On last Monday, in South Kashmir the pall of gloom descended into Qazigund and Kulgam areas when they received five coffins. The five victims were among the seven persons including five policemen and two security guards of Jammu and Kashmir bank escorting a cash van of Jammu and Kashmir Bank who were killed at Ponima village of Kulgam district on May 1 (Monday) afternoon. All of them were shot dead after their weapons were snatched by the militants who later resorted to indiscriminate firing. The Hizbul Mujahidin-local militant outfit later claimed responsibility for the killing of five policemen only and blamed the Paramilitary forces for killing two Bank security guards. The two more victims are constable Ishfaq Ahmad Hajam of Batpora, Srinagar and Constable Muhammad Qasim S/o Bohu Khan of Trehgam, Kupwara.
As all the victims were lowered to their graves after their families received the coffins, back home The Legitimate met the families of victims and tries to find out the devastating impact on their families.
Bashir Ahmad Dar,
Resident of Qazigund
Desg. Assistant Sub inspector (JKP)
In the next two months, the family of Bashir Ahmad Dar would have been celebrating two events. The mood of family was already set and the preparations were almost done. But before any such festivity, the doom struck the family on Monday evening when an ambulance stopped at their residence to handover the coffin of Dar.
Next week, Dar was to be promoted as Sub Inspector in Jammu and Kashmir police and in June he would have been retired from the services.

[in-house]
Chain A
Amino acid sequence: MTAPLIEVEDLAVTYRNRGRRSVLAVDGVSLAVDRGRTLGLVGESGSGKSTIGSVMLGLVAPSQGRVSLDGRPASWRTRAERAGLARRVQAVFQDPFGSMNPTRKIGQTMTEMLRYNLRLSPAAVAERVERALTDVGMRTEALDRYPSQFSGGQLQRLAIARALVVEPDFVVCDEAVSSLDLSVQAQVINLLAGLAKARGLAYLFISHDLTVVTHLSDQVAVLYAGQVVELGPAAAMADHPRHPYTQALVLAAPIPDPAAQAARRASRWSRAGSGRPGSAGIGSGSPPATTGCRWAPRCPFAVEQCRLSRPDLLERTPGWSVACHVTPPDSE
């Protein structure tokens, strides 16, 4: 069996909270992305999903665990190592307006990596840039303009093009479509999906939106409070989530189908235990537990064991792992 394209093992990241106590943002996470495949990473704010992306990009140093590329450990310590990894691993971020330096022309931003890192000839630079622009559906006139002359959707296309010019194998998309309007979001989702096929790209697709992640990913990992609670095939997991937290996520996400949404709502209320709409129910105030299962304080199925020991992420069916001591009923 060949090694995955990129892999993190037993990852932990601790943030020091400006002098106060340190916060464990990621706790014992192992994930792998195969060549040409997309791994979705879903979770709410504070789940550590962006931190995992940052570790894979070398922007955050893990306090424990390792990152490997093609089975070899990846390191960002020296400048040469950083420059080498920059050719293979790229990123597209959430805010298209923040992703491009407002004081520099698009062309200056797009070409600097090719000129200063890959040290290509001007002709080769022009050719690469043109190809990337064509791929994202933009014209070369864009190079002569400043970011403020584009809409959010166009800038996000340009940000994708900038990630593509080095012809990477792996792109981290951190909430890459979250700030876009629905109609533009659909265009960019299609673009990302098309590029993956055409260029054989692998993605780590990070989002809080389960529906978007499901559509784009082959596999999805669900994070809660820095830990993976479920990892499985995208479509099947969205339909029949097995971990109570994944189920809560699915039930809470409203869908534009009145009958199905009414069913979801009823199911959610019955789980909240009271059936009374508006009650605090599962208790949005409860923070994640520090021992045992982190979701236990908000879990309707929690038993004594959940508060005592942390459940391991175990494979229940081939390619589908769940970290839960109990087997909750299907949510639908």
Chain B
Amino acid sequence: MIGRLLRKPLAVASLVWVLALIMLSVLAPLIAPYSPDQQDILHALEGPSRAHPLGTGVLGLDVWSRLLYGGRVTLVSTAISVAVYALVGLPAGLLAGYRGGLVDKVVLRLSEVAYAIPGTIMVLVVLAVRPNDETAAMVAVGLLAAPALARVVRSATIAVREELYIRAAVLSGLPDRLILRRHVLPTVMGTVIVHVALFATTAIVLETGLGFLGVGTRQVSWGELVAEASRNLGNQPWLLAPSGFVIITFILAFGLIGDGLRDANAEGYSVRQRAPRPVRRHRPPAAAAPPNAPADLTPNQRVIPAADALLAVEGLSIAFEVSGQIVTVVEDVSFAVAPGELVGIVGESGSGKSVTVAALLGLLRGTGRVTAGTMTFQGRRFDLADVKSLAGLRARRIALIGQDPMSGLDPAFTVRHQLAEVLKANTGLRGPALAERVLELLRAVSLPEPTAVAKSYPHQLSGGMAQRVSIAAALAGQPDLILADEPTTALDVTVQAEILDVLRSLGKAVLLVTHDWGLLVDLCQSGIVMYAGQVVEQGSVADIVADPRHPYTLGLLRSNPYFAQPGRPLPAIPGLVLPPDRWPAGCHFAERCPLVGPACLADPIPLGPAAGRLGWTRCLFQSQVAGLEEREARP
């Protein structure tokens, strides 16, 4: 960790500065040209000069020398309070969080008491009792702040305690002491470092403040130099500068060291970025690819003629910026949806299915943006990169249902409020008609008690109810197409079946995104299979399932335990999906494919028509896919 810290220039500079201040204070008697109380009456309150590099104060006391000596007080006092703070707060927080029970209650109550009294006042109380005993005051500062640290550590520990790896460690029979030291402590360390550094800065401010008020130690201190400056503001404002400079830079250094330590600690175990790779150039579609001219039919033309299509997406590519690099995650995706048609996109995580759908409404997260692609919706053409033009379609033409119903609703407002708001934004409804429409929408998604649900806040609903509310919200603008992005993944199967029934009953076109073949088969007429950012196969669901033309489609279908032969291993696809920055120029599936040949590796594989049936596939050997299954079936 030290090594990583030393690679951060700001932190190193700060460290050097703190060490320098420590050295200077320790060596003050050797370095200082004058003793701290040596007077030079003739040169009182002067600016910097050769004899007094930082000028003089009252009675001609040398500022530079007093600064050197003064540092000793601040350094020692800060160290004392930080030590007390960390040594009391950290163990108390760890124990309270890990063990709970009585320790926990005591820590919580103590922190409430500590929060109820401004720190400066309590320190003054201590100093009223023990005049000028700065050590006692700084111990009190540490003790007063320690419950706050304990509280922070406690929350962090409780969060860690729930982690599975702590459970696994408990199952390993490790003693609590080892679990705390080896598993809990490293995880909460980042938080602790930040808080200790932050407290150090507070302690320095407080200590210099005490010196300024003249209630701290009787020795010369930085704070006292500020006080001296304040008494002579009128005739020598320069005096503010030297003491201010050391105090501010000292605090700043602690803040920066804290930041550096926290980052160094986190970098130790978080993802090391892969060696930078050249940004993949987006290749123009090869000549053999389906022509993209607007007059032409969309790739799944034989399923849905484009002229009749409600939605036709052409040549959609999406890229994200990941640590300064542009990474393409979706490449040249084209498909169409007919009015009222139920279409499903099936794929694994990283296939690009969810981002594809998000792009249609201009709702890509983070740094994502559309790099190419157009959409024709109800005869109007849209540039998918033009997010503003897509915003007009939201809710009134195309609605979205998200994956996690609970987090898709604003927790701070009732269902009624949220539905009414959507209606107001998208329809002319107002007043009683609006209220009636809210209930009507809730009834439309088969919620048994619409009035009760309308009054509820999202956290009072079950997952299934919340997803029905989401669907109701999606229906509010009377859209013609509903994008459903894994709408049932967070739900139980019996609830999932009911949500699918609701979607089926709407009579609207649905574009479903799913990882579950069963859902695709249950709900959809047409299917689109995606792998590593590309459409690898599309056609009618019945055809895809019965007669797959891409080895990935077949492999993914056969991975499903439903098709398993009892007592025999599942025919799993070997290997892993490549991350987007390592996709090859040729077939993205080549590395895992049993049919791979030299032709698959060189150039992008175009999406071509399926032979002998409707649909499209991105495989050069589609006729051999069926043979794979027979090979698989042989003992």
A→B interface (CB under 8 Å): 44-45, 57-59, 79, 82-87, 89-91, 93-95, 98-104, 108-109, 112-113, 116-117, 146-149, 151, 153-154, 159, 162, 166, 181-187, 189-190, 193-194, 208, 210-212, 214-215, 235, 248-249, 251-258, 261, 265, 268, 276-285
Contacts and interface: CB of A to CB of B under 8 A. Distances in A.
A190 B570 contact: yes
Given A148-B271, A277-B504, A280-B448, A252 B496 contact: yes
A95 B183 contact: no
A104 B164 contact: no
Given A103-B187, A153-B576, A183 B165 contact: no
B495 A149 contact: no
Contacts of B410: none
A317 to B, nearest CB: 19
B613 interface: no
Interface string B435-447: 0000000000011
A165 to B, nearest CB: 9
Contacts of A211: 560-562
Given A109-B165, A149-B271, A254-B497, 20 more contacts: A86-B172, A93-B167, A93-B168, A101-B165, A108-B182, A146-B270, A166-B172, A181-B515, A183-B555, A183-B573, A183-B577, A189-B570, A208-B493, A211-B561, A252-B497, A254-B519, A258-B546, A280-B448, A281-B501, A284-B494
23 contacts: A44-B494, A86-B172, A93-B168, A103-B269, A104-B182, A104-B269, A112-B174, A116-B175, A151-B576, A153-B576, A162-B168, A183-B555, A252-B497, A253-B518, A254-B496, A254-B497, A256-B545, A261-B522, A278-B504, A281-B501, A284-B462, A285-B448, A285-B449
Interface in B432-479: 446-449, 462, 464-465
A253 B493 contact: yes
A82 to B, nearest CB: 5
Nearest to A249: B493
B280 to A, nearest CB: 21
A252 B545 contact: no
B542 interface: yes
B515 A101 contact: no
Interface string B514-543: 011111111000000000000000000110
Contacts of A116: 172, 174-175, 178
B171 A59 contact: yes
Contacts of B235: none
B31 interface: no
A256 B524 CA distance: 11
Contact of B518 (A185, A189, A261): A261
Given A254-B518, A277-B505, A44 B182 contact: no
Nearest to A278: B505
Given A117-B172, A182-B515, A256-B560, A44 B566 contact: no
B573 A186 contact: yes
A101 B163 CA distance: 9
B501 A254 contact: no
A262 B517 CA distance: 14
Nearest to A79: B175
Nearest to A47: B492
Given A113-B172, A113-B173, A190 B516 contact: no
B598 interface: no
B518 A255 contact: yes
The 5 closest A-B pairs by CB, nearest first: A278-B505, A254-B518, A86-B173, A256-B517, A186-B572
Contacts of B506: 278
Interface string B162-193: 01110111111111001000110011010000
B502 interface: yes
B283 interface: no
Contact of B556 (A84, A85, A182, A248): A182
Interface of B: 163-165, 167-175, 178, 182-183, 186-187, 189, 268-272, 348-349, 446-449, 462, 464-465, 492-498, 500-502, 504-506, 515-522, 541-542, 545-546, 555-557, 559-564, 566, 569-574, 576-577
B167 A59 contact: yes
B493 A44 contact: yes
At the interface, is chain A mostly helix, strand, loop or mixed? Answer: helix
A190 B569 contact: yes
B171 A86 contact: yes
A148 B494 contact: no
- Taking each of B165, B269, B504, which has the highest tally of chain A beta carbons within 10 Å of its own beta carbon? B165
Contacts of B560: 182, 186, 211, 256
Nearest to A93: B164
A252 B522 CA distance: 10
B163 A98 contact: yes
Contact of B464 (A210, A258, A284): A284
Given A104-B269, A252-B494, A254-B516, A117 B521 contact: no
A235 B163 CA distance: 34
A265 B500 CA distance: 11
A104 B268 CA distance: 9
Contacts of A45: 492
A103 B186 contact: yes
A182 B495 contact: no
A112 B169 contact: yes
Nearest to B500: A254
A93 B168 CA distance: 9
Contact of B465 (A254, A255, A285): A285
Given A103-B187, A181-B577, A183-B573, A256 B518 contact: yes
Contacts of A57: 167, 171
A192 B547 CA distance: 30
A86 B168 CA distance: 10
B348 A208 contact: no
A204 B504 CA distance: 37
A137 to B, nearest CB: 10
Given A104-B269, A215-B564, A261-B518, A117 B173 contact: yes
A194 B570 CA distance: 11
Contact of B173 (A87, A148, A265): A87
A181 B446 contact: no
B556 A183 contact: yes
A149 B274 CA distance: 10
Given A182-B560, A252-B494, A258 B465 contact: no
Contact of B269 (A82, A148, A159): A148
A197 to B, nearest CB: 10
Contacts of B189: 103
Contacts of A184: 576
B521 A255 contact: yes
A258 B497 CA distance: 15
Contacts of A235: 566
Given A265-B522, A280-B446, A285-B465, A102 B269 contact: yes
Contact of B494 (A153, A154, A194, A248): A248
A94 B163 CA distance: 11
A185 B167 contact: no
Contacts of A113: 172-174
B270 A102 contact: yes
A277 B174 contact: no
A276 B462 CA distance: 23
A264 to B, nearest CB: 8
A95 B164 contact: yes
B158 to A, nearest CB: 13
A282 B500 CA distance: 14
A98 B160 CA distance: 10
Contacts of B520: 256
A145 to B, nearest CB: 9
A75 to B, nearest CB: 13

“We were all prepared to celebrate his promotion and offer him a grand reception at home by the end of May on his dignified retirement,” says Rayees Ahmad Dar, a shopkeeper son.
“But it was tragic to receive him in coffin”. In September out of his lifelong earnings, Dar had planned a wedding for his 25 year old beloved daughter Jasfida.
His wife, Shareefa who was first to see the dead body of her husband is still in shock.
At 1 pm on the fateful day, Dar had called Shareefa to district hospital Kulgam for medical check up.
“I called him over his phone at 1 pm and he told me that he will be shortly reaching hospital as they are returning from the duty,” recalls Shareefa her last conversation with Dar.
“In fact he wanted me to stay at his official residence on that day and we had planned to buy fish for dinner. I kept waiting at the hospital and suddenly I found the ambulance arriving in emergency section amid chaos,” she says.
Shareefa too rushed to the spot only to see the first dead body of her husband. The magnitude of shock was so high that she fell unconscious and hardly knew about the funeral process of her husband.